A student with a disability could serve as a greeter, pass out song sheets, or run slides. He could serve on a team to set up and take down, or he could pass out snacks to the group. Students can participate in any of these roles alongside a peer mentor or with the assistance of youth leaders. 

Fostering inclusion also means creating a sense of belonging for students with special needs. If the student misses a Sunday, a text, call, or email to the student or her parents lets her know the group isn’t the same without her. If a student is participating in activities within the community, such as the Special Olympics, having volunteers or staff attend can be an encouragement to the student and his or her family. 

Rooted: One thing that can feel daunting as a youth minister is trying to teach to a wide spectrum of students with differing cognitive abilities. What are some of the best ways to teach the Bible to people with disabilities?

Gigi: I recommend music as a wonderful tool for teaching Scripture because music is such a connector of the heart to Scripture. Puttingt Scripture to music—with accompanying hand motions—allows those with varying abilities to understand and express God’s Word. Repetition of biblical concepts gives opportunity for longer processing and for retention. Using different modes of teaching, such as visual aids or hands-on activities help to convey the truth of Scripture to students of differnt abilities.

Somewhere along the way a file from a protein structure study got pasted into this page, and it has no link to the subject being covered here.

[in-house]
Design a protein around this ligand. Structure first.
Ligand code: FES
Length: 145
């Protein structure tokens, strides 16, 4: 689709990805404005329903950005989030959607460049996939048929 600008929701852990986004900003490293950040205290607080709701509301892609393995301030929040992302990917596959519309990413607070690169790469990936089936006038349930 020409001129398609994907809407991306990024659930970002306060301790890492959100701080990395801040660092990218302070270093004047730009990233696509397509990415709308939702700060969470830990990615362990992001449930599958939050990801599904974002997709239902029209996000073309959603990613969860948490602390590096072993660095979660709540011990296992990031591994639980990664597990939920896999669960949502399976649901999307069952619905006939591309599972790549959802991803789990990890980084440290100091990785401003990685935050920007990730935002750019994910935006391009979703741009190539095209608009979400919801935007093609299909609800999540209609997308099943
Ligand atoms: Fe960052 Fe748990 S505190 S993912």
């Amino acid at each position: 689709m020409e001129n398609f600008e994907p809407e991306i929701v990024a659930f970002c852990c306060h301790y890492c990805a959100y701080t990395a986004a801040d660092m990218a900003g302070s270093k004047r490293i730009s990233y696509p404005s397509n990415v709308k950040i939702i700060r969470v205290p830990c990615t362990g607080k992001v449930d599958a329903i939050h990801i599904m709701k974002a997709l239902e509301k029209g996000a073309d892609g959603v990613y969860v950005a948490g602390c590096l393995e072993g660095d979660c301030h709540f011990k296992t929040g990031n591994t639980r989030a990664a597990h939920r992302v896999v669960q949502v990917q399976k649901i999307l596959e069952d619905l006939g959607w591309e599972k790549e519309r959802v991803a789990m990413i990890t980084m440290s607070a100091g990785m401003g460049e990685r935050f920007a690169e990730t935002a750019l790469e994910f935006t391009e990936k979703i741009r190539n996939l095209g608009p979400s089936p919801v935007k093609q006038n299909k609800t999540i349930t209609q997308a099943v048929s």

Rooted: One of Rooted’s five pillars of youth ministry is partnering with parents. What do families (including parents and siblings) affected by disability need from the youth pastor?

Gigi: Youth pastors are often amazingly relational and relevant. Families with special needs would likely say their core needs are very similar to neurotypical families—to be seen and known, and to belong in community. Families with teenagers who have cognitive or physical disabilities want to know their church understands their student’s individual needs and accommodations. It’s not always possible for the church to meet every need, but it means a great deal to families to experience church leadership’s listening to their needs. Many students could also benefit from peer mentors within the youth group. The peer mentor could help facilitate social situations.